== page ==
I did not write anything yesterday, in solidarity with the other important journalists who were on strike.
Thinking about it, I should have posted a repeat.
This piece of writing has lots in common with the BBC, being supplied to you high-quality and advert-free. Admittedly, I don't do a £500,000 redesign every six months or employ twelve people to analyse the site stats and produce glossy reports, and the comments don't all begin 'why oh why' and aren't moderated by Anne Robinson, but aside from that it is pretty well exactly the same.
It is an anxious time for our national broadcaster. There are arguments that it is not worth funding, as the commercial sector can produce telly programmes that are just as good. People who point to the dumb stuff on ITV like 'Celebrity Love Island' are just being selective. The hard-hitting 'Tonight with Trevor McDonald' is a case in point, plus they did that 'Brideshead Revisited' thirty years ago.
But I do have a bit of a problem with them in that our local news broadcast that they put on at the end of the real bulletin is actually local news from Yorkshire and Lincolnshire.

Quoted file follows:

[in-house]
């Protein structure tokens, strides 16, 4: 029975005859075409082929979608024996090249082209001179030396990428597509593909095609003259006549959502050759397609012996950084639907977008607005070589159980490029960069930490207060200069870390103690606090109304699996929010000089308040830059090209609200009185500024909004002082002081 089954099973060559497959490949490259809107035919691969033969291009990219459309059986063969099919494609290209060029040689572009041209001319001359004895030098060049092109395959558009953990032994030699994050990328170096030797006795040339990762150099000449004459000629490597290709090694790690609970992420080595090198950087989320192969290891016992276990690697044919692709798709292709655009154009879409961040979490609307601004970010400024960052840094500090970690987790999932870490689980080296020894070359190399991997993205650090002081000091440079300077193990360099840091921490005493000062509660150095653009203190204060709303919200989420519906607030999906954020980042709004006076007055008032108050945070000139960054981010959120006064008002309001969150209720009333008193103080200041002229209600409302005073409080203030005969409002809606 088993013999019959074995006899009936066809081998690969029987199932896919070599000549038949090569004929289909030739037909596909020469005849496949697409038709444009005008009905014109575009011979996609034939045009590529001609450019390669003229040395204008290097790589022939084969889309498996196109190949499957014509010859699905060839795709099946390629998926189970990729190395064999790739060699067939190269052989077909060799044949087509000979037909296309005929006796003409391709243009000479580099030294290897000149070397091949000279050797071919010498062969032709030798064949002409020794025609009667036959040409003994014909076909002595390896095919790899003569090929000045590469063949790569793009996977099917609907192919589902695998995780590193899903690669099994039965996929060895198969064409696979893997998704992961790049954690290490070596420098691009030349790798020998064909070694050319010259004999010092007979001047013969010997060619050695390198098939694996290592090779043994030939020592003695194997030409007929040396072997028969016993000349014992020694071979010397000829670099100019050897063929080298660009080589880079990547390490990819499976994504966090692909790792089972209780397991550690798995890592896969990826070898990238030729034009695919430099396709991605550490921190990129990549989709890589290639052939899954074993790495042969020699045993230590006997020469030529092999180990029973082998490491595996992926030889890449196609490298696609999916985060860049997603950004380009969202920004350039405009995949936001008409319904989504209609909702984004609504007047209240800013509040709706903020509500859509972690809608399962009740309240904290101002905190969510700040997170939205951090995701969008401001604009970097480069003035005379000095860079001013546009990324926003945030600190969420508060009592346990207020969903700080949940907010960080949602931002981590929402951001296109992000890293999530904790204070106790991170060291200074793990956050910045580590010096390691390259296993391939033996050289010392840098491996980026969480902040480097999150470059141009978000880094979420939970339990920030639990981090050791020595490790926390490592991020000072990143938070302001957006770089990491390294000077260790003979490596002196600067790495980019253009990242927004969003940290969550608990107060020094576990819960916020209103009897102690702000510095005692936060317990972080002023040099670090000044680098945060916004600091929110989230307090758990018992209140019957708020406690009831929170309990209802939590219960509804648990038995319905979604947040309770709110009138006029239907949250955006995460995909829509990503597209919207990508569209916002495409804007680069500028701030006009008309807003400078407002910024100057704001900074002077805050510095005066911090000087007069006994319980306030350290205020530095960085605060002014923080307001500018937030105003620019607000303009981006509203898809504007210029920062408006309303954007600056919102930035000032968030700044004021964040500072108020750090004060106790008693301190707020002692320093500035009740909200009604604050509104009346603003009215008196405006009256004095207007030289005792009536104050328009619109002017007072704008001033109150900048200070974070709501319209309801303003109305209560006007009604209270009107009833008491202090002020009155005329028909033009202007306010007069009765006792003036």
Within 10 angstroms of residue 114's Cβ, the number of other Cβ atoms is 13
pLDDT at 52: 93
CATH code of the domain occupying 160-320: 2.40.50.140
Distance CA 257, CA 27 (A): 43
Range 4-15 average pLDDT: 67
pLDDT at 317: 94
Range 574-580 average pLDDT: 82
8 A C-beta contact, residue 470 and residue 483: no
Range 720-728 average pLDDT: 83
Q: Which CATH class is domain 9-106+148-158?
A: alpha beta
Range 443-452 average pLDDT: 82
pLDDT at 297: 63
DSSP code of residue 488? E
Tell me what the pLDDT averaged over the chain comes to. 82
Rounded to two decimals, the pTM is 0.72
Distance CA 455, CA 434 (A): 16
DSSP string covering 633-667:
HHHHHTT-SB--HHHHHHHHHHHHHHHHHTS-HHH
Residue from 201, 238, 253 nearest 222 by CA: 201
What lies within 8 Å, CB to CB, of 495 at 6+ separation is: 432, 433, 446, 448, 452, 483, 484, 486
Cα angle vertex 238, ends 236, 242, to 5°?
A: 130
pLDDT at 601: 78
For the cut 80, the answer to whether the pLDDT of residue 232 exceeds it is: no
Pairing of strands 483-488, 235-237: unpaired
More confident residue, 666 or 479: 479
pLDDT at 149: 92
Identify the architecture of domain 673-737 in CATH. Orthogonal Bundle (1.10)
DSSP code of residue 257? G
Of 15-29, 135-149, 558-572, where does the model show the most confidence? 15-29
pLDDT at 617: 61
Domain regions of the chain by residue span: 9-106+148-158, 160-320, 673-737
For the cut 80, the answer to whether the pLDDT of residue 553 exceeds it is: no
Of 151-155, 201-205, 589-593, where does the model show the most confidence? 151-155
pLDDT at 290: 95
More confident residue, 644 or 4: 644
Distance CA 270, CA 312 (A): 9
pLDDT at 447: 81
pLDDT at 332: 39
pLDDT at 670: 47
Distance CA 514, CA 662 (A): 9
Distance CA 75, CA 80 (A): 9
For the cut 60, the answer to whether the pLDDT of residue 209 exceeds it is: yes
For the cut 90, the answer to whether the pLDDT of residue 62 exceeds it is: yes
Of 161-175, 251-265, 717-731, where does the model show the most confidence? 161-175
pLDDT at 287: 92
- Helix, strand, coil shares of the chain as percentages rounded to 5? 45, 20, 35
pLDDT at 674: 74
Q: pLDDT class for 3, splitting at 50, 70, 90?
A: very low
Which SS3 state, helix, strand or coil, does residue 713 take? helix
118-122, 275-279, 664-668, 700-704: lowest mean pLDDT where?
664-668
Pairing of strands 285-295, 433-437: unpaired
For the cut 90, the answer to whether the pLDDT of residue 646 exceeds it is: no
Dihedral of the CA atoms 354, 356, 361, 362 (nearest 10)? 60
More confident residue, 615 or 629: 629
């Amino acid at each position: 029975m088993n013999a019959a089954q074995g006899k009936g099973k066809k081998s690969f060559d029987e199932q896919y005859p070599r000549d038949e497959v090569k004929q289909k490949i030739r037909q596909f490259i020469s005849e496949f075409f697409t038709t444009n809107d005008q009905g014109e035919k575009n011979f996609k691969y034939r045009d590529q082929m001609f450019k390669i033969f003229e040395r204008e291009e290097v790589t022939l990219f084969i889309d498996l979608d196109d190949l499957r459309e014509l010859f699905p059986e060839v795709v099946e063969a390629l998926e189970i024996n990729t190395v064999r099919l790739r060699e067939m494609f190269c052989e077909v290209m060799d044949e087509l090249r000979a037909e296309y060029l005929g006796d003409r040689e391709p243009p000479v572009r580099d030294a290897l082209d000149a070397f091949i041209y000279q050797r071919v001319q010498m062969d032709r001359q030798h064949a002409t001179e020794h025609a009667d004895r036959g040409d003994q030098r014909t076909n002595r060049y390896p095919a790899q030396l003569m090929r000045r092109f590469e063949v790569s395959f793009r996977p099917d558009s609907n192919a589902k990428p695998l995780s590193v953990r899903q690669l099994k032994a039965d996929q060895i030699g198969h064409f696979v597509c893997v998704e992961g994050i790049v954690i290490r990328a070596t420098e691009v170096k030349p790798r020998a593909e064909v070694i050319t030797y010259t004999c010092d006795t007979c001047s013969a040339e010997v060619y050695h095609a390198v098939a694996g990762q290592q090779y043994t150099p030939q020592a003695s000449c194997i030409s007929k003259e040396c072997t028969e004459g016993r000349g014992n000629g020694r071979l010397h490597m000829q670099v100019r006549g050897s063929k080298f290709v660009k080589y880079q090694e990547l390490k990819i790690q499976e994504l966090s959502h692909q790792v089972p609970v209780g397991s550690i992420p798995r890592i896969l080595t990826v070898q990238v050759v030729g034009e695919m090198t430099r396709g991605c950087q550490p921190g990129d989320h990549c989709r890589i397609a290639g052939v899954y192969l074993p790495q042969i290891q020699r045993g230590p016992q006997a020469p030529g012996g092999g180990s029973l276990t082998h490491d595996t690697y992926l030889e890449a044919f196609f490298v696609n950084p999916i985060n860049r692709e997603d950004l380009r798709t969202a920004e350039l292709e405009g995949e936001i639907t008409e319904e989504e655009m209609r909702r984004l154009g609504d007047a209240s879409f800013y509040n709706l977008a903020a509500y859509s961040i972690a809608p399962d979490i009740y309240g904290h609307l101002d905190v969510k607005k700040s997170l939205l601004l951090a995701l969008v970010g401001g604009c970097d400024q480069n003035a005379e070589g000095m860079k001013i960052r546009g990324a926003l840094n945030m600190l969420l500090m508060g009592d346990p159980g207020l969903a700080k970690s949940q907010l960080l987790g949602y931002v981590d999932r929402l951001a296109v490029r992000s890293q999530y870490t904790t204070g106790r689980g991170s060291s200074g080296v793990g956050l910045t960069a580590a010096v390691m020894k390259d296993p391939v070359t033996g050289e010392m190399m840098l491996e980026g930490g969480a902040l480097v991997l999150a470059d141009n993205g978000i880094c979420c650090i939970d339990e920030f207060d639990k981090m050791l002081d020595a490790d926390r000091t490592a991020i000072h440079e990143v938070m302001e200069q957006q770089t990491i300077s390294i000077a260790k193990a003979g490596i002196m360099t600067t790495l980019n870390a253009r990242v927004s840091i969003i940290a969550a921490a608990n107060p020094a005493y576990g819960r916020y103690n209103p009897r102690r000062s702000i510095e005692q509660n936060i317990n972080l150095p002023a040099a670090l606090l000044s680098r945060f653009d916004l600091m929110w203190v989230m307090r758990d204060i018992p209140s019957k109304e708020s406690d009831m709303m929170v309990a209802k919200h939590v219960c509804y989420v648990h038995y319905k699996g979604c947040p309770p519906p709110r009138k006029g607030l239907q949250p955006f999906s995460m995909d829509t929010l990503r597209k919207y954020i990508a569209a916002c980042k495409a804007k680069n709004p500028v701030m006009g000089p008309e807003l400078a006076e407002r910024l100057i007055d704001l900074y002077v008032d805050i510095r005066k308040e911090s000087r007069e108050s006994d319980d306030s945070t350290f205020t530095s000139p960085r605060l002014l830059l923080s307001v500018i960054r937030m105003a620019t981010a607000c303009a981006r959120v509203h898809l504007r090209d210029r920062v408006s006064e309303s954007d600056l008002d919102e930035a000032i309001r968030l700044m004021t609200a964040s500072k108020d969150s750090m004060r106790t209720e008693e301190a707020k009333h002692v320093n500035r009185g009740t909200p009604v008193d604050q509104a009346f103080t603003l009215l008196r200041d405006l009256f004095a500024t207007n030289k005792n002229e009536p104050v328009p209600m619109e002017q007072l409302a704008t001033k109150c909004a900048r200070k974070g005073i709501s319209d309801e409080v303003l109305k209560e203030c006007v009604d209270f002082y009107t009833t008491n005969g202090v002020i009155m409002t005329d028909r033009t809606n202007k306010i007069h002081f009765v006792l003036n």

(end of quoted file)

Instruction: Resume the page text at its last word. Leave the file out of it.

For some reason, we cannot get the Norfolk news. And we cannot get digital because the church tower is in the way. This is the reality of the digital divide. There is only one thing more dull than the local news bulletin and that is somebody else's local news bulletin.
They should watch out. Because, with the onward march of technology, I would imagine that in about a year's time, this diary will actually be some form of web-based TV channel. Then people interested in Village events will get all the news they want, whenever they want it.
There will be adverts in it, of course, for organisations like the Village Shop and the Cheerful Builder. And it will probably not run all day, but I will buy in some cheap talk shows to run at other times.
There will be 'Celebrity Karaoke' from the pub next door. And 'Molewatch', with Bill Oddie. And live bowls (I could probably get Ron Atkinson on the cheap to commentate).
You might be sceptical but this is exactly how Sky started.